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New bus ID program aims to keep Searcy students safe

Introducing "Smart Tag", the ID program designed to help students get on and off the right stop, as well as find the correct bus.

SEARCY, Ark. — The new school year is almost here, which means that thousands of Arkansas students are preparing for another year of riding the school bus.

Despite the bus's daily routine, sometimes mix-ups occur that create panic for everyone involved.

This year, Searcy School District implemented a program that will help keep track of the more than 1,200 bus riders.

The ID program is called "Smart Tag", and it's designed to make sure that students get on and off the right stop, as well as the right bus. 

Tallie Reynolds has been a bus driver for the Searcy School District for a year.

"We're the first and the last people they see every day, so it's really important for us to interact with them," Reynolds said.

With dozens of students on board each day, sometimes things can get hectic.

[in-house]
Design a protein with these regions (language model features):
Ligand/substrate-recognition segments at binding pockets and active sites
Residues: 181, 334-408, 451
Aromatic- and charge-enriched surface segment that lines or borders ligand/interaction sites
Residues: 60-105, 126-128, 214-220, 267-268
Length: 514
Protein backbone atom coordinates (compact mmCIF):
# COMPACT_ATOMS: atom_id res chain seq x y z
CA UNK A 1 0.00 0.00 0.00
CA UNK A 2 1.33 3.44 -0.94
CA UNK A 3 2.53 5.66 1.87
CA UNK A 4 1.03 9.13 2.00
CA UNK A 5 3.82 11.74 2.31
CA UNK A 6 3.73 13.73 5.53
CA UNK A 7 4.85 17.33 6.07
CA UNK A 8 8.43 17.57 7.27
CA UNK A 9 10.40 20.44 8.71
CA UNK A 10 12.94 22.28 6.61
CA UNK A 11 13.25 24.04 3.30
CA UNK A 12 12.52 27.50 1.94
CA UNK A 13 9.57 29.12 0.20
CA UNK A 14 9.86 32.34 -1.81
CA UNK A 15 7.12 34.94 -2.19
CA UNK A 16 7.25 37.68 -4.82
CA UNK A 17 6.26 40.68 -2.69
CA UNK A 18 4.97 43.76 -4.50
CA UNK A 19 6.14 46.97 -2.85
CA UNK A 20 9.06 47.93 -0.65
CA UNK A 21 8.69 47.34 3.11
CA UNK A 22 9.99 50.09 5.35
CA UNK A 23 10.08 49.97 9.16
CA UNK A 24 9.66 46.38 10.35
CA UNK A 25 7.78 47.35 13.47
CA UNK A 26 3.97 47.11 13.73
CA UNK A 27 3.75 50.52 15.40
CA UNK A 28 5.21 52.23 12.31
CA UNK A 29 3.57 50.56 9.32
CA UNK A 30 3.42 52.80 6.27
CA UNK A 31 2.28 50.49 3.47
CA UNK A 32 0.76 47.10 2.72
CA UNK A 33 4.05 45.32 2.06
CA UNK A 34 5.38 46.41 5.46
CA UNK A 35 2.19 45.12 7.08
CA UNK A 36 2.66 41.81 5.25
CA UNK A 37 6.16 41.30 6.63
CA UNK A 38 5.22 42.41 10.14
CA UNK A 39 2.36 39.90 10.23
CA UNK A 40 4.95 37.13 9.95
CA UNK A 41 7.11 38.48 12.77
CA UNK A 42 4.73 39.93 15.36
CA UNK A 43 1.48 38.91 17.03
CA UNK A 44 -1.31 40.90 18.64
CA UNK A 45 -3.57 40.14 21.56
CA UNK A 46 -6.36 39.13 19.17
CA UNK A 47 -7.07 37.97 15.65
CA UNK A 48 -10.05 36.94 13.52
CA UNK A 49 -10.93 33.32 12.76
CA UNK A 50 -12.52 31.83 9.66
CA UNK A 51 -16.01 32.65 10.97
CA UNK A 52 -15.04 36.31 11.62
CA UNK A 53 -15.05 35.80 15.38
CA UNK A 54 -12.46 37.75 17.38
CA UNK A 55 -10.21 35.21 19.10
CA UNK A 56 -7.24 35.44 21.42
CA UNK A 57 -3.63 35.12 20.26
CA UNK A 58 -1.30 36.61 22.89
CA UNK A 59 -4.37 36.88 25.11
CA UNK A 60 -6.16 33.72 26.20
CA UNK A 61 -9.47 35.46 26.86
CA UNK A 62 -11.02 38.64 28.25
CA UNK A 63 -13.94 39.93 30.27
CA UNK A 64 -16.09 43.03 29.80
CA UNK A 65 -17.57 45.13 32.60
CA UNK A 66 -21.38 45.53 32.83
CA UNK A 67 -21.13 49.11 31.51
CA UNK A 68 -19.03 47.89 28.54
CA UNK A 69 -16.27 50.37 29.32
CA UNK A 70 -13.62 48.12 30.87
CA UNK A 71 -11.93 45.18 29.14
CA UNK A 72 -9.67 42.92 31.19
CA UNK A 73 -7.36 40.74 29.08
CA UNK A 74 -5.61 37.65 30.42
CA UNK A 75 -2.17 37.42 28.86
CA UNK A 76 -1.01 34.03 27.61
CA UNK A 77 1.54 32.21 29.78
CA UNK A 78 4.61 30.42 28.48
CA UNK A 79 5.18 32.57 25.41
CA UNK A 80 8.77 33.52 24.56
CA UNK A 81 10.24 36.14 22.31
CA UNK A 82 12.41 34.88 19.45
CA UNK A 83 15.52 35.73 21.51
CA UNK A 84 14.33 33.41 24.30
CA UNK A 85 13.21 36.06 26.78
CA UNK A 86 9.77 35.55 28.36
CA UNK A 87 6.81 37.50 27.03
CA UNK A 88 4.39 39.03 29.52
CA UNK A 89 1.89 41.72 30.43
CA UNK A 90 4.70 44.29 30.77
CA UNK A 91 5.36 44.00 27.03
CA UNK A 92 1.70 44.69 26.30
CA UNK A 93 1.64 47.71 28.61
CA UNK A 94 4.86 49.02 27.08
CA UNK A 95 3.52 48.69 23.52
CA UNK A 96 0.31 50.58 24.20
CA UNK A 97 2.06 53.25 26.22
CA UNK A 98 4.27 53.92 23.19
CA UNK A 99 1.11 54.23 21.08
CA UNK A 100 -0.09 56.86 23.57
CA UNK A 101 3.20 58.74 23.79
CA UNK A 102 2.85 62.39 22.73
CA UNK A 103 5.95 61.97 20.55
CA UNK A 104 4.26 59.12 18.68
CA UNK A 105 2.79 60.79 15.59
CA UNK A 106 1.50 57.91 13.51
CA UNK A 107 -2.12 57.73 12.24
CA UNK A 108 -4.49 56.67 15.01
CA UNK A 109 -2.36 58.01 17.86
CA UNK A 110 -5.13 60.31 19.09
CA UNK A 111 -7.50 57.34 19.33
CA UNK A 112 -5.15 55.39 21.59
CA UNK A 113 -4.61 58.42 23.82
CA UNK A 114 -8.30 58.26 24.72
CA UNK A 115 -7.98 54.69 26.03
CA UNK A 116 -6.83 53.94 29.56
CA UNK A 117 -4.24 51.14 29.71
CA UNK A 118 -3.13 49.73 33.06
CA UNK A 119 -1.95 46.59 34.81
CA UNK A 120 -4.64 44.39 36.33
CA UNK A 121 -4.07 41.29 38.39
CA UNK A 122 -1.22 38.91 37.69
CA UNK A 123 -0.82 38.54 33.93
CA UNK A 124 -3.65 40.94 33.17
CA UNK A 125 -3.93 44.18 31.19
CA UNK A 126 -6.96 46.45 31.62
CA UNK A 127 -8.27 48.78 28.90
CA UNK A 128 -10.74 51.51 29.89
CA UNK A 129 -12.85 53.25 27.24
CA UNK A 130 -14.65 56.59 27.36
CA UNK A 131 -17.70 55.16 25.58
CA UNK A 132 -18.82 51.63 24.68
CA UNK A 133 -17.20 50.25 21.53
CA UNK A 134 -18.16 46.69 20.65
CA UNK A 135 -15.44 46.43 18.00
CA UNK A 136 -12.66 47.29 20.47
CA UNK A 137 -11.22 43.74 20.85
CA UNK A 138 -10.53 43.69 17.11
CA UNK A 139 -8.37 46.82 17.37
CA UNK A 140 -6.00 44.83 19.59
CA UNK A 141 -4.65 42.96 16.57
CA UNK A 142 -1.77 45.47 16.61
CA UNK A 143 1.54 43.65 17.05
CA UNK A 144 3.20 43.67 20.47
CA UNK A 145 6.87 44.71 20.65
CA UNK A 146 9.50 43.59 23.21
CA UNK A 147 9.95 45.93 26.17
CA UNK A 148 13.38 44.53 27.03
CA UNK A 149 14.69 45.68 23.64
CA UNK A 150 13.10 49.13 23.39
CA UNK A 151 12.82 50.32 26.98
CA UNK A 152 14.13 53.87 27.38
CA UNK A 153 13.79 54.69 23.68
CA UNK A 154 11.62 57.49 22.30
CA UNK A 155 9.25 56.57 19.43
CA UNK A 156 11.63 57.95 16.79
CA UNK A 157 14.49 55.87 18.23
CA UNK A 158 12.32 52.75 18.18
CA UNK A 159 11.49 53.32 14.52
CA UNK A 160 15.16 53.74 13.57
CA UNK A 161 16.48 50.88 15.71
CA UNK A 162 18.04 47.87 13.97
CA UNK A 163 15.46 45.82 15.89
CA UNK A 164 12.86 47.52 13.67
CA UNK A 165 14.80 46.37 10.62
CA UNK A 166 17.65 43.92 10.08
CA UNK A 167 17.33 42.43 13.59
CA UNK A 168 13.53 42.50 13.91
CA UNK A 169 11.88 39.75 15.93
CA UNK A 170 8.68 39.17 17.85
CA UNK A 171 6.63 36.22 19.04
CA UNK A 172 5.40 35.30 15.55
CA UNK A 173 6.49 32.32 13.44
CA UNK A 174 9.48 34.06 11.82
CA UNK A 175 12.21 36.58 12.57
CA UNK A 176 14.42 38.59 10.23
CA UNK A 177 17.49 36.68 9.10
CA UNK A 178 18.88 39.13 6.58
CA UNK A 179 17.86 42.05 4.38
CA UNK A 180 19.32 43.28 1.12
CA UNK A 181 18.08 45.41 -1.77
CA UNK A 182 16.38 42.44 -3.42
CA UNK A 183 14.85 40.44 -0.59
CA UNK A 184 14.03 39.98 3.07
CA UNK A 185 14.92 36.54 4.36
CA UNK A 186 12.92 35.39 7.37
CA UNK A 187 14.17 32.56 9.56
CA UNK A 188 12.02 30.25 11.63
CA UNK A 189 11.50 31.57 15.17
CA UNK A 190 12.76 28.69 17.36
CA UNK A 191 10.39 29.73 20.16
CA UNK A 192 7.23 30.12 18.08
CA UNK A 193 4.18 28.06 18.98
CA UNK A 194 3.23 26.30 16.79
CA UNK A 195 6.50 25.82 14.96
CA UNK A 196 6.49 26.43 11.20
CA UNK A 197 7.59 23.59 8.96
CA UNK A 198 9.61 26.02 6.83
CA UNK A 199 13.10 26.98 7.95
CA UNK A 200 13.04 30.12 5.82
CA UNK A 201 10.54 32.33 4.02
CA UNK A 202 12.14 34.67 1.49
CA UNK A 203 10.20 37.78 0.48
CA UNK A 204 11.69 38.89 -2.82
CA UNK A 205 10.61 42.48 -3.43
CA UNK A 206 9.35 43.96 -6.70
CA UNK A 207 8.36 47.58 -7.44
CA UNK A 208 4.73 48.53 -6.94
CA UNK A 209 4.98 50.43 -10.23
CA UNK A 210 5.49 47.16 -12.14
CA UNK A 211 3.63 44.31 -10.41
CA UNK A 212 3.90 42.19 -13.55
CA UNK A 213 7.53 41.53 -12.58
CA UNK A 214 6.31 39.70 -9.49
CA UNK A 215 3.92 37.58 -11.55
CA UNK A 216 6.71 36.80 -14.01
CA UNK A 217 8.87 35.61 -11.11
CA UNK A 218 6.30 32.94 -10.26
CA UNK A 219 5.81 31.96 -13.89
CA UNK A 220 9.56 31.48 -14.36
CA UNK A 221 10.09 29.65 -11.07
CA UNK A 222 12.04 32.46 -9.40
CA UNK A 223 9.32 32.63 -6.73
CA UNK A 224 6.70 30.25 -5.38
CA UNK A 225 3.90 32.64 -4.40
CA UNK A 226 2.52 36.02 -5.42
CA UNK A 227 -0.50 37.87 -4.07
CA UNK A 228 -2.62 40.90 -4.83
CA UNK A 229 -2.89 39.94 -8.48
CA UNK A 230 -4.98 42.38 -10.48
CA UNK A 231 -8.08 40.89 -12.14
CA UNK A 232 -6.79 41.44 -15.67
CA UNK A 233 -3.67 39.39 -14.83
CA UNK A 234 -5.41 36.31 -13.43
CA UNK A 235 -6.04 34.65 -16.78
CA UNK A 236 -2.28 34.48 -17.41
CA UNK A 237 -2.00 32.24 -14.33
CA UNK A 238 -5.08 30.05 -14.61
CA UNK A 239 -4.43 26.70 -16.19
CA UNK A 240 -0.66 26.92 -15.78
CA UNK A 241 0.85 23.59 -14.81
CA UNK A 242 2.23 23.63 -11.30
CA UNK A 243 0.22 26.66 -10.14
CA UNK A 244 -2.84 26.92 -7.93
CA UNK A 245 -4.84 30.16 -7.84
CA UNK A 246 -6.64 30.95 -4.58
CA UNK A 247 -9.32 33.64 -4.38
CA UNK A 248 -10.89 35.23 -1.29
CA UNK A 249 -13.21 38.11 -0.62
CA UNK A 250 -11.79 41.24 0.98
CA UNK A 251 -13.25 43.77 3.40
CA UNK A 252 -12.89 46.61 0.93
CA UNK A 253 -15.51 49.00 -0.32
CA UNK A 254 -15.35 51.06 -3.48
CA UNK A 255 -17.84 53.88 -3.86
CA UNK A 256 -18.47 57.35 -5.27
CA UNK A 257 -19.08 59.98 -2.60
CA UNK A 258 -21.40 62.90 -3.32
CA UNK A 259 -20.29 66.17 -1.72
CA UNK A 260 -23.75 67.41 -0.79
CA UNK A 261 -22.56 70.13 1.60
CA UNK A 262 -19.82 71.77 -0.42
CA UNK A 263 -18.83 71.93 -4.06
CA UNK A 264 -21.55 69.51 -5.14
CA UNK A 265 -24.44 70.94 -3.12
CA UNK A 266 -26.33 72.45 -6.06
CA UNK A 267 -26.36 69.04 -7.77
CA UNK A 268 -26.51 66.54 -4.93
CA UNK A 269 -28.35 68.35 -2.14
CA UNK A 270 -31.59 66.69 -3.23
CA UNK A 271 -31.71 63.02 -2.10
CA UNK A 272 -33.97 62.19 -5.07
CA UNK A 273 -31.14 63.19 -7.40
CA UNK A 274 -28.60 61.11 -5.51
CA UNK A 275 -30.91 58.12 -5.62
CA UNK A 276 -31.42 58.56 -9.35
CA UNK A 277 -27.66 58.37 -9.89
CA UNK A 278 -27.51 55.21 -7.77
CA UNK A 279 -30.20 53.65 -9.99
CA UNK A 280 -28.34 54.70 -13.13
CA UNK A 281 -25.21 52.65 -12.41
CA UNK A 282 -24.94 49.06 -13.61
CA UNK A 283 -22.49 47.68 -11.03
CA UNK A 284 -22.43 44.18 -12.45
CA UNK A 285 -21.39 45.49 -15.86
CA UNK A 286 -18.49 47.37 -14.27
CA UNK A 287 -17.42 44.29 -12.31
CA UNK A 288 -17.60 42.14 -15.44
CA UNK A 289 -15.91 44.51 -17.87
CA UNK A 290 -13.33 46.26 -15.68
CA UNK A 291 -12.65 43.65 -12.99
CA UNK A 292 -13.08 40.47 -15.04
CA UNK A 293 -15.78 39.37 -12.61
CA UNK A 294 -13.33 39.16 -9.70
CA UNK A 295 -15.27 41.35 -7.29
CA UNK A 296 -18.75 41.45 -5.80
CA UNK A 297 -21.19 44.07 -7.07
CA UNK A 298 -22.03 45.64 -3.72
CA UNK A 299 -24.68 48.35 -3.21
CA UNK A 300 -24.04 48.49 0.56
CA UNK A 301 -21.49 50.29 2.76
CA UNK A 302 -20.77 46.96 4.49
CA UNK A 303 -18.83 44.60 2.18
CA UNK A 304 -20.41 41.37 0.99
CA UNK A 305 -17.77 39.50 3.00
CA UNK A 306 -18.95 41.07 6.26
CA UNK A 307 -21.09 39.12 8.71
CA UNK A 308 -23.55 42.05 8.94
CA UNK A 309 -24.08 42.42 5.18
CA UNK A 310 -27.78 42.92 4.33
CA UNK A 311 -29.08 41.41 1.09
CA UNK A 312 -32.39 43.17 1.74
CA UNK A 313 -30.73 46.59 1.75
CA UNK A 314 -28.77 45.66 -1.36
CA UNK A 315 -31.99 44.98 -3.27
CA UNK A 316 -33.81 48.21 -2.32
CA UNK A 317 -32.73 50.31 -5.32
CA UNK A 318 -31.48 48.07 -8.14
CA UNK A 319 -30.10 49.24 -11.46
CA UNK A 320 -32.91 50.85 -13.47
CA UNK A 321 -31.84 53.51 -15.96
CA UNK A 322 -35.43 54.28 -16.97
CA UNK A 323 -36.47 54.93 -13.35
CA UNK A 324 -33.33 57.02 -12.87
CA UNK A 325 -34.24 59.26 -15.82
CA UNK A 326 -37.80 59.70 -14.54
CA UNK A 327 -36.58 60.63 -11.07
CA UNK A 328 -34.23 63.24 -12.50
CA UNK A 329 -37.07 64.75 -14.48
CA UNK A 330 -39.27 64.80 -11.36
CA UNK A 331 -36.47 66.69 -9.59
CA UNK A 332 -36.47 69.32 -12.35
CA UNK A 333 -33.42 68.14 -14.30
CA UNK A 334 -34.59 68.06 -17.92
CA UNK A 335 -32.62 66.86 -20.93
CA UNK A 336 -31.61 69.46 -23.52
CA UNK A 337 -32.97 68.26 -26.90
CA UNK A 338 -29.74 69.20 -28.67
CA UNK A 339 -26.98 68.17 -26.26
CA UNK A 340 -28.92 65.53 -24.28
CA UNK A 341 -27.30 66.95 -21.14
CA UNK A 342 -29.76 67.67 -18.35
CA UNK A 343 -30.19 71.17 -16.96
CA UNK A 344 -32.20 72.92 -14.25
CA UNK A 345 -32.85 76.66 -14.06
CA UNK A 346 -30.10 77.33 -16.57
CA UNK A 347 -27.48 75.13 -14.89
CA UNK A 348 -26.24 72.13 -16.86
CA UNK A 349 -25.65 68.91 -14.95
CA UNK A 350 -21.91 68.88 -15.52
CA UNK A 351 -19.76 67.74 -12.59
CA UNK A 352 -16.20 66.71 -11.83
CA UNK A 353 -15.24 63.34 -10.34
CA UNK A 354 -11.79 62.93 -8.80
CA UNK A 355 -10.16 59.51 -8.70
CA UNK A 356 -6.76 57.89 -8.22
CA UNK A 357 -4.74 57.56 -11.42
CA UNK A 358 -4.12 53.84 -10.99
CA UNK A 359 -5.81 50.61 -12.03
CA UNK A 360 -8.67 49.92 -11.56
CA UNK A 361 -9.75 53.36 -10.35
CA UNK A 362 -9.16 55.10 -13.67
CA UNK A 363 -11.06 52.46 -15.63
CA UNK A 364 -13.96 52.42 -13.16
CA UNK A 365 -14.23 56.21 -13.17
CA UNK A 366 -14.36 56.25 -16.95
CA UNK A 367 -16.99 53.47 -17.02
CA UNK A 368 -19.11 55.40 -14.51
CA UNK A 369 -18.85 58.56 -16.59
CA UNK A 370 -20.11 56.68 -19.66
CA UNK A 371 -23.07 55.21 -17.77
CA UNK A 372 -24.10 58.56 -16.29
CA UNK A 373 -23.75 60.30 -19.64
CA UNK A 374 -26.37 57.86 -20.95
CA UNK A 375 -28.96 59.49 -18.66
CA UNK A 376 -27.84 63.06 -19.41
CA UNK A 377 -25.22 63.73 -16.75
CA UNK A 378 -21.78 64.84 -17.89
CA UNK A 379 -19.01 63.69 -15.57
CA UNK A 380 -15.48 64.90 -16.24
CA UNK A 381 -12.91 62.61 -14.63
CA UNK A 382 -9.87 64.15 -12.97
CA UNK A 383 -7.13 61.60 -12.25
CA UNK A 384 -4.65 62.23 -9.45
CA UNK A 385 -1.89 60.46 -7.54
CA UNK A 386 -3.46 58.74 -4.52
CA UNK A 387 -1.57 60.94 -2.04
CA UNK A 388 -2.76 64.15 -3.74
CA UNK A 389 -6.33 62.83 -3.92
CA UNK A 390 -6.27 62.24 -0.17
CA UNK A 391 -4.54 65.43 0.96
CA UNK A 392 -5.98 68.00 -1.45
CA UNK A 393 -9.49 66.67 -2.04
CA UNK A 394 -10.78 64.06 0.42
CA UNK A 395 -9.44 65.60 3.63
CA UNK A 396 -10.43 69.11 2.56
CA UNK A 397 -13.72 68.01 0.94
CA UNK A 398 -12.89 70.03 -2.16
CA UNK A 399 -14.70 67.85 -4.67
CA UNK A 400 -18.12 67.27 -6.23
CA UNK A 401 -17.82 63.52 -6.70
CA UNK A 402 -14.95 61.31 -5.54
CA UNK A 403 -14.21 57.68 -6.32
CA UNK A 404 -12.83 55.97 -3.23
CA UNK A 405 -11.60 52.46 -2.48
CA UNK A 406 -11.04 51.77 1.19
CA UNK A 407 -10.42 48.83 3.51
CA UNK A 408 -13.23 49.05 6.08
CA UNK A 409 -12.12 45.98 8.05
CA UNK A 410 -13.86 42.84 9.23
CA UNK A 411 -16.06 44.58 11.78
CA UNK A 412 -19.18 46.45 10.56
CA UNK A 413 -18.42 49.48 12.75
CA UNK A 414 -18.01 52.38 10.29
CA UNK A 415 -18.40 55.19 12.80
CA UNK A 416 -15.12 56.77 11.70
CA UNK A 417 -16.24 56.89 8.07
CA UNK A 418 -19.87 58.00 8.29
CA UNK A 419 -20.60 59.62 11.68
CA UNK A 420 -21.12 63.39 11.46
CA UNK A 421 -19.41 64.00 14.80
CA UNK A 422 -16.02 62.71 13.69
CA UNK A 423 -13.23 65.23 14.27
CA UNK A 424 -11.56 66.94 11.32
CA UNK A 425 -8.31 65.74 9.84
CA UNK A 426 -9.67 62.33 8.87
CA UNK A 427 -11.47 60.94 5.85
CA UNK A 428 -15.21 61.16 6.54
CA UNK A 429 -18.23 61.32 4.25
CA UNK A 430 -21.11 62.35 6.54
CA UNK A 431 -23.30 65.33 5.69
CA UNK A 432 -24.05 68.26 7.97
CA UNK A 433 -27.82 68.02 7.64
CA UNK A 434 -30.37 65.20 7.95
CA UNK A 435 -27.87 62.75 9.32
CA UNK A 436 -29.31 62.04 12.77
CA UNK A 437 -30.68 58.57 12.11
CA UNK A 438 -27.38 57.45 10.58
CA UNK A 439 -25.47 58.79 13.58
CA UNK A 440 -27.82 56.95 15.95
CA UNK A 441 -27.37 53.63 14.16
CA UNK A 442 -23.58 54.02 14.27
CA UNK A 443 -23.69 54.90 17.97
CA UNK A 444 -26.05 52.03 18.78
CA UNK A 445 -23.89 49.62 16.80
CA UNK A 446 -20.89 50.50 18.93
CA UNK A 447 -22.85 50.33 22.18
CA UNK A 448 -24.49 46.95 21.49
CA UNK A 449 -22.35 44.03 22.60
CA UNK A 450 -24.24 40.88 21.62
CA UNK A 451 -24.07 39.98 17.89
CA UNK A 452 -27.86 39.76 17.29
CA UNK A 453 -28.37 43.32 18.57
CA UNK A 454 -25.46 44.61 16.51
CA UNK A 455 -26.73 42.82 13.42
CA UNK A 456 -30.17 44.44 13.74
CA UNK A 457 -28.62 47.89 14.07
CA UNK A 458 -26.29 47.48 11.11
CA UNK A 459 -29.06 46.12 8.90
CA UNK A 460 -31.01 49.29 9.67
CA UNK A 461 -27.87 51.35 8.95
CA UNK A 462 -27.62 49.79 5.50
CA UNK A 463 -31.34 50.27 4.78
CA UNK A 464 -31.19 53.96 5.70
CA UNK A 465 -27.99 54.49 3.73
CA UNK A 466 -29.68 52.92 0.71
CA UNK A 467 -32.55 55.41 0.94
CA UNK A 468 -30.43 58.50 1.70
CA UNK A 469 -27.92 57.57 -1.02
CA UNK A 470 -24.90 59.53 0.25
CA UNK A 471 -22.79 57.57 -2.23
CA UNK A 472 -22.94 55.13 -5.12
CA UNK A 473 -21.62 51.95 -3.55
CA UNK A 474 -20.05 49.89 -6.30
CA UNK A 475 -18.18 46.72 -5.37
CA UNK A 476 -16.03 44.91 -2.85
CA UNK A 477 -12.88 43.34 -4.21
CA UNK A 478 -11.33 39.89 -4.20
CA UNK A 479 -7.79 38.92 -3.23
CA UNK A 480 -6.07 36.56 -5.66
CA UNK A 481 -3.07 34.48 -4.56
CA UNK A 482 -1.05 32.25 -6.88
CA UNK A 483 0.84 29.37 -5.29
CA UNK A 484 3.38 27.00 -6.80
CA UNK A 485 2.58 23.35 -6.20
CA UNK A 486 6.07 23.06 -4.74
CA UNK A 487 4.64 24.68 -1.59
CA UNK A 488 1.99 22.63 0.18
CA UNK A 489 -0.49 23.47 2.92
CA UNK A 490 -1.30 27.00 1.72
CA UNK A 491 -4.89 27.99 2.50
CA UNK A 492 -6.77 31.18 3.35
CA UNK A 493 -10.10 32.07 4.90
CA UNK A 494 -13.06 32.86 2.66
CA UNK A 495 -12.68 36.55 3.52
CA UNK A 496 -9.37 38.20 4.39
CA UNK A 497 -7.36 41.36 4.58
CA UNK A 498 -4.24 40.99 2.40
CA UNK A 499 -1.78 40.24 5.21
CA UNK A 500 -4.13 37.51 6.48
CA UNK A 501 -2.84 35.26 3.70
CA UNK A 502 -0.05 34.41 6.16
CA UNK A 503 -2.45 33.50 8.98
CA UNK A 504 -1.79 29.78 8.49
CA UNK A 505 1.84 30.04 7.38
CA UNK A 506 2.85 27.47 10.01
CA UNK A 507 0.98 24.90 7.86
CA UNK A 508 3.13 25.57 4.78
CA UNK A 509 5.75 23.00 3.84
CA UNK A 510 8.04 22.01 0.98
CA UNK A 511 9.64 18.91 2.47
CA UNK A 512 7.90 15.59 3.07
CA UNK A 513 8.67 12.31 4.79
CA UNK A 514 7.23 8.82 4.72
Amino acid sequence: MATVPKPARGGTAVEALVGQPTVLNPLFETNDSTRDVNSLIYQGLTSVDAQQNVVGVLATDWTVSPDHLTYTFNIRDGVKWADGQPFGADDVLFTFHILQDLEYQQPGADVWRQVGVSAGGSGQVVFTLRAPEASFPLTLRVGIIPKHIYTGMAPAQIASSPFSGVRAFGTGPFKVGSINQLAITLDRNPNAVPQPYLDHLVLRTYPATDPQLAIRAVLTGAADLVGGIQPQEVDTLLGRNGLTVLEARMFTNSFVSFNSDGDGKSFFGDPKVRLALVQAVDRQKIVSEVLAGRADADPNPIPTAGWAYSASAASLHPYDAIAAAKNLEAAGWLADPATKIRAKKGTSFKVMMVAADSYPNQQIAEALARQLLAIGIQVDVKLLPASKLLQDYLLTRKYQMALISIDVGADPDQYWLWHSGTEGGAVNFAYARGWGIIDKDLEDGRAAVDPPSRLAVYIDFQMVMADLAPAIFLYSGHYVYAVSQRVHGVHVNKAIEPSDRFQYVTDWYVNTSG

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"We have had a couple of incidents where they want to go with their friends and they'll get off and mom and dad are at their stop and they [the student] didn't get off the bus and they [the parent] know they got on the bus," Reynolds said.

To lessen any confusion, students will have to scan an ID badge as they enter the bus starting this school year.

Each one of the district's more than 30 drivers will have a tablet on board with route information and the addresses of the students on board.

David Dale,  the district's transportation director, said that the idea for "Smart Tag" came after he noticed several mix-ups happening when he was hired.

"It will let the driver know, hey, this isn't your bus, but it will also tell them what bus they do need to get on and they'll be able to show them and point them in the right direction," Dale said.

Assistant Superintendent Dean Stanley said that the program won't just help the drivers.

"It gives our parents an extra layer of protection for their kids," Stanley explained.

He added that the program will aid the school in preventing the unthinkable from happening— losing a student.

"Thinking that you might have lost a child somewhere, it doesn't get much worse than that, so, you know, we frantically would have to try to backtrack and figure out where that child was," Stanley said.

The "Smart Tag" program will cost the district nearly $53,000 for the first year and about $20,000 after that annually.

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